- つかむ（ボードをつかむに掛けている。後出 secure もここでは同意）
- win a title
- 優勝する（後出 win は獲得する、victory は優勝）
- 競技（後出 competitor は競技者、arena は競技場、competitive は競争による）
- an assortment of ～
- 技（後出 aerial は空中技）
- （ここでは）試技（後出 run もここでは同意）
- ～ native
- 大会（後出 event も同意）
- core strength
- (be) ridden on a sideways stance
Grabbing Air Time
Two-time Olympic snowboarding silver medalist Hirano Ayumu, 20, won the men's park title at the Japan national skateboarding championships at Murakami City Skate Park in Niigata Prefecture on May 12. With the victory, he is closer to securing a spot at the Tokyo 2020 Olympics, where skateboarding was adopted as an official Olympic sport for the first time -- and a crack at becoming the first Japanese athlete to win a medal at both the Summer and Winter Games.
Park competitions take place on a hollowed-out course with a complicated assortment of sweeping curves resembling deep bowls. The incline at the top of the bowl is vertical or nearly vertical, and skateboarders can emerge at high speed, performing elegant mid-air tricks. Each competitor gets three tries at the course, with points awarded for individual tricks plus overall performance. The best total score of the three runs is counted for the competition.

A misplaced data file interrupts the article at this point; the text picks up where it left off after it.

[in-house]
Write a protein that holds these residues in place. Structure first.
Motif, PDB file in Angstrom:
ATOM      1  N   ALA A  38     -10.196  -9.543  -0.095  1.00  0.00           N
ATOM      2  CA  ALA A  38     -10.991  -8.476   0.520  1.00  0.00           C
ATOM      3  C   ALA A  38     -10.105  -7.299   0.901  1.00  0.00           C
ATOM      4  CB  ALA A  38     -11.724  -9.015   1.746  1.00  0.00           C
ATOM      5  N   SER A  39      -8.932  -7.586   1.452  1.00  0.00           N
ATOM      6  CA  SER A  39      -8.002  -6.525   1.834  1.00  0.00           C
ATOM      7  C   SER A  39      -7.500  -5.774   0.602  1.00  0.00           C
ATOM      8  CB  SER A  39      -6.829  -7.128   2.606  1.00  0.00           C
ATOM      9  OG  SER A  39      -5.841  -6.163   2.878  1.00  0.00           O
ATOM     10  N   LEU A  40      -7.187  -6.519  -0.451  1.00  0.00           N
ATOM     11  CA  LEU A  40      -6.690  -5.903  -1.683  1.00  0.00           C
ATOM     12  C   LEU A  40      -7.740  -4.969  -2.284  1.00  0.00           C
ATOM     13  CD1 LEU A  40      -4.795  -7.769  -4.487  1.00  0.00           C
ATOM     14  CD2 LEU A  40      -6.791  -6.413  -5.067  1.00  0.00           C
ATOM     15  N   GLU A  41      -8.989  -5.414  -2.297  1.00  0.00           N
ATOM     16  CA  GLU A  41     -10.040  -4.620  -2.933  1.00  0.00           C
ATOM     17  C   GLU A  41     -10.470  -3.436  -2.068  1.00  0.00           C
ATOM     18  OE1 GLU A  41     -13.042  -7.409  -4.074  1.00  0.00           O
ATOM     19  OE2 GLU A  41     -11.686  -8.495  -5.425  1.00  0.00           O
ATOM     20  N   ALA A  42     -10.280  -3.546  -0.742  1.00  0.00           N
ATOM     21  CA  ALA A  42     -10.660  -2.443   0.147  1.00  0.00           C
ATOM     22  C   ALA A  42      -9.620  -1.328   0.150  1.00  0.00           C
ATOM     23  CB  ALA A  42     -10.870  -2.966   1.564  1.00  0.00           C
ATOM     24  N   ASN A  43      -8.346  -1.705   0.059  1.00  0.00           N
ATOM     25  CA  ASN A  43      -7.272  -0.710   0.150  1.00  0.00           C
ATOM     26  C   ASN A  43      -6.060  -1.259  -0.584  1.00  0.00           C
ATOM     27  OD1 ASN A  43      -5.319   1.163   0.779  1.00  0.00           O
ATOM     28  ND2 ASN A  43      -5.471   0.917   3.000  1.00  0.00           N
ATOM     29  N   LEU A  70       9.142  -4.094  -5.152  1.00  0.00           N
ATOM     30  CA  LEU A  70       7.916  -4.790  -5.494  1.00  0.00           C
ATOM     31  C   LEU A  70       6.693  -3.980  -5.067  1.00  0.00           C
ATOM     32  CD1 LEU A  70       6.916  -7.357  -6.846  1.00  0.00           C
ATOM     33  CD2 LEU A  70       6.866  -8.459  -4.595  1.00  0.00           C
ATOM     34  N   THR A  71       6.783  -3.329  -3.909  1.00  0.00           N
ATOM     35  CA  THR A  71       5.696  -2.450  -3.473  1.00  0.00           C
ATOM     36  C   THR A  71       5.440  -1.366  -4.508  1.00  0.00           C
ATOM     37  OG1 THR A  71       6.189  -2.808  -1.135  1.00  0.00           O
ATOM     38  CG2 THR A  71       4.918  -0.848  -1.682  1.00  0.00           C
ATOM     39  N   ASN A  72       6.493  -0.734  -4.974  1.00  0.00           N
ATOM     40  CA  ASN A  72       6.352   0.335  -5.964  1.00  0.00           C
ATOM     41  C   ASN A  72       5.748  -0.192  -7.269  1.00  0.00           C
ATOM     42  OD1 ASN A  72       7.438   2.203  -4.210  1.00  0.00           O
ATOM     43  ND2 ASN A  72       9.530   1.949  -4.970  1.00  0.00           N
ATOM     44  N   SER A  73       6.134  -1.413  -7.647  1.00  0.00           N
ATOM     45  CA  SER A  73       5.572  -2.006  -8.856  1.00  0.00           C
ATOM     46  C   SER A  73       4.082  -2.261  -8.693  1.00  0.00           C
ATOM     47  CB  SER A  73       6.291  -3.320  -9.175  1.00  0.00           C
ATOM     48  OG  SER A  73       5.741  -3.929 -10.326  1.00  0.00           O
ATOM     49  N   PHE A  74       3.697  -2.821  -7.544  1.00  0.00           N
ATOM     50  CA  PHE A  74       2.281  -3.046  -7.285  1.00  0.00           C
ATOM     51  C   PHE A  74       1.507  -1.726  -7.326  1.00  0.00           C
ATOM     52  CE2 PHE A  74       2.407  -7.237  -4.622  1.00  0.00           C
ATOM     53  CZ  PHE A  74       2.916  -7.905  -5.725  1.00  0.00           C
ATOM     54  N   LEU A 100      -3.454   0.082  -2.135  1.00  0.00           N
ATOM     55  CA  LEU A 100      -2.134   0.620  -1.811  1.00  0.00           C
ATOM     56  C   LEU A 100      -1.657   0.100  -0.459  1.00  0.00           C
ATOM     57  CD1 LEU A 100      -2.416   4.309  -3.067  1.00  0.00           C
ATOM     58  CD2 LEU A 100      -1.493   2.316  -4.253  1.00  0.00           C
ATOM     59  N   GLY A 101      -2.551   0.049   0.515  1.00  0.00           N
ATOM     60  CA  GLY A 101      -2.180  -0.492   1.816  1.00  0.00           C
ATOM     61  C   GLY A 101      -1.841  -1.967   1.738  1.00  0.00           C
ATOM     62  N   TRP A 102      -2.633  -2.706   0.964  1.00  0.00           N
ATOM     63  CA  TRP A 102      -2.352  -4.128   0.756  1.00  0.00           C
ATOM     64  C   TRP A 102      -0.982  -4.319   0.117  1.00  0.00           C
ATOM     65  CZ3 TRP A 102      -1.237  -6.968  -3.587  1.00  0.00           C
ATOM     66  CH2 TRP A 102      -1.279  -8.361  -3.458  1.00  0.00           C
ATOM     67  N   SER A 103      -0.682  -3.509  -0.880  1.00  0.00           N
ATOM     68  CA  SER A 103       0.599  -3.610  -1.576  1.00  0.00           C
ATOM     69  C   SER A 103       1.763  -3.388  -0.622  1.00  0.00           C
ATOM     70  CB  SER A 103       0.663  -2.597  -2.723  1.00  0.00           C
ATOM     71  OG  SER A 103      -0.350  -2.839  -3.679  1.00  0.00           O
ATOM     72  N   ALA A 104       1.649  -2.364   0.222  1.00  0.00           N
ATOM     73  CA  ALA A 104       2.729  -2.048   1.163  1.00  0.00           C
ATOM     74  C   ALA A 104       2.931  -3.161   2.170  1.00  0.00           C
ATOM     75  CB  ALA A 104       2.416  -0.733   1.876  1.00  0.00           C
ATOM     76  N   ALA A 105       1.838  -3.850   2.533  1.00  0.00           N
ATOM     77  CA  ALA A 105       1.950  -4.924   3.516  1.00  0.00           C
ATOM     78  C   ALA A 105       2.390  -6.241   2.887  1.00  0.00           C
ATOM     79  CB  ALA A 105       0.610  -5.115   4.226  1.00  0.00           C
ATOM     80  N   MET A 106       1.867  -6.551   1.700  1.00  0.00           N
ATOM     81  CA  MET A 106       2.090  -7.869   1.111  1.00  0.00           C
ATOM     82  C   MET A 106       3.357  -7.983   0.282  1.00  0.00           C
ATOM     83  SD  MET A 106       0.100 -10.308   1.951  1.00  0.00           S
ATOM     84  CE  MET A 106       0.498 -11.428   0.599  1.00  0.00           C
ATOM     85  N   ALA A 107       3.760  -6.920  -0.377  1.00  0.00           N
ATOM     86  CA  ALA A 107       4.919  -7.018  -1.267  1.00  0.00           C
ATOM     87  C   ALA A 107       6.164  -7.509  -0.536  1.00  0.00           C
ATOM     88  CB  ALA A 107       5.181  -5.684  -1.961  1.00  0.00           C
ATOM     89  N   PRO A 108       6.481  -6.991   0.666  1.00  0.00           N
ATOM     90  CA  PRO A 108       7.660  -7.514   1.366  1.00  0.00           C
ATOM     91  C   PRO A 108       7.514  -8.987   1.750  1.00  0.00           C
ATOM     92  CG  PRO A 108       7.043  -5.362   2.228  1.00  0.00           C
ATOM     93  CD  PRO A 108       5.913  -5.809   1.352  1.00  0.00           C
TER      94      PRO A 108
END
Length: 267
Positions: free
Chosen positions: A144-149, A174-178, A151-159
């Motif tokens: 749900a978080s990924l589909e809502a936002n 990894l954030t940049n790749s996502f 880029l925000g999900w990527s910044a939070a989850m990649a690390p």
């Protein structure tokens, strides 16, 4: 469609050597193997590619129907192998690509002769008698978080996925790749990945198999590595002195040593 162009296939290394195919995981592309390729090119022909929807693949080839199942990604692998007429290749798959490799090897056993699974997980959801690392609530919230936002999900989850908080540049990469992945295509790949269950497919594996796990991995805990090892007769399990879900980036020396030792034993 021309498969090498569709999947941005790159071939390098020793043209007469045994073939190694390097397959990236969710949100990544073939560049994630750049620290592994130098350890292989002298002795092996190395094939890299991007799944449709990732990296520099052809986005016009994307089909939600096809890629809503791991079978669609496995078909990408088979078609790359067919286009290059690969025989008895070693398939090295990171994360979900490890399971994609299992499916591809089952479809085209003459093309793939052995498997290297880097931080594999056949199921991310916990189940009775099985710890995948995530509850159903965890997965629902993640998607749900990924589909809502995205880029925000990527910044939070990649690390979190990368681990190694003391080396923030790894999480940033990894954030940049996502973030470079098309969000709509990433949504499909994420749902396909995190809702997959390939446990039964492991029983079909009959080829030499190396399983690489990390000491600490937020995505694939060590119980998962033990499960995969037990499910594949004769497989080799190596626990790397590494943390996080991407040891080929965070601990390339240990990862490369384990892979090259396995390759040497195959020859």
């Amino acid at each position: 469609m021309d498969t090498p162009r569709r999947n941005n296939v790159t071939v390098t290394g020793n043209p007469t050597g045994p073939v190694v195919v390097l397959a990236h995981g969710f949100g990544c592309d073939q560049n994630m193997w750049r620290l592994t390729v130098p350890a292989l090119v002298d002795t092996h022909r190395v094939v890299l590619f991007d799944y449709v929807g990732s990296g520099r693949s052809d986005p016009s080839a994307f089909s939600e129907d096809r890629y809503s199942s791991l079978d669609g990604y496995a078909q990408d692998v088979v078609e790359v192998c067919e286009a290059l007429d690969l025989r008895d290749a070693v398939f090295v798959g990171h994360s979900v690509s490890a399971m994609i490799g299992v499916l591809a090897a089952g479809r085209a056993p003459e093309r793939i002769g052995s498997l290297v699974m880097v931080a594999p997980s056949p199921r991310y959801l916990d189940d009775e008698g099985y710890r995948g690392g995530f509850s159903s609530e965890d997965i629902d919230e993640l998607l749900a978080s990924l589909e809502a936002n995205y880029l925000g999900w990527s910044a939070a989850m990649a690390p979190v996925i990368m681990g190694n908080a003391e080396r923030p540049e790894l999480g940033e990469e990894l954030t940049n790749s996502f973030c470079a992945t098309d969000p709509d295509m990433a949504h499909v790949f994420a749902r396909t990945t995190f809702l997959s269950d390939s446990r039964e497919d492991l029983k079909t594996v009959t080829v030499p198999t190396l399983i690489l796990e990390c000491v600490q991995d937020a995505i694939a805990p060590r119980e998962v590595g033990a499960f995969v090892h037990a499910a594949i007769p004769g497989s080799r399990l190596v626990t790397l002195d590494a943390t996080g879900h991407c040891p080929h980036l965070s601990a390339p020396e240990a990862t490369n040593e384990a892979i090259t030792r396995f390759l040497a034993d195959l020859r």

Hirano's highly distinctive aerials generated excitement for the 1,000-plus-strong crowd in the arena. Even though he lost his balance and crashed near the end of the final run, "I took this challenge with my eye on the Tokyo Olympics. I managed to take one step toward that goal," said Hirano.
Hirano, a Murakami native, has been skateboarding and snowboarding since he was 4 years old. He used to practice at the skate park owned by his father and on local ski hills in the winter.
He also came in third at a March skateboarding meet in Fujisawa, Kanagawa Prefecture. It was his first competitive skateboarding event in more than 10 years, but his stable performance supported by his core strength shined.
Hirano says his skateboarding technique is still only "40%" of what it should be, adding "though both (skateboards and snowboards) are ridden on a sideways stance, they're completely different ... but I keep on trying."
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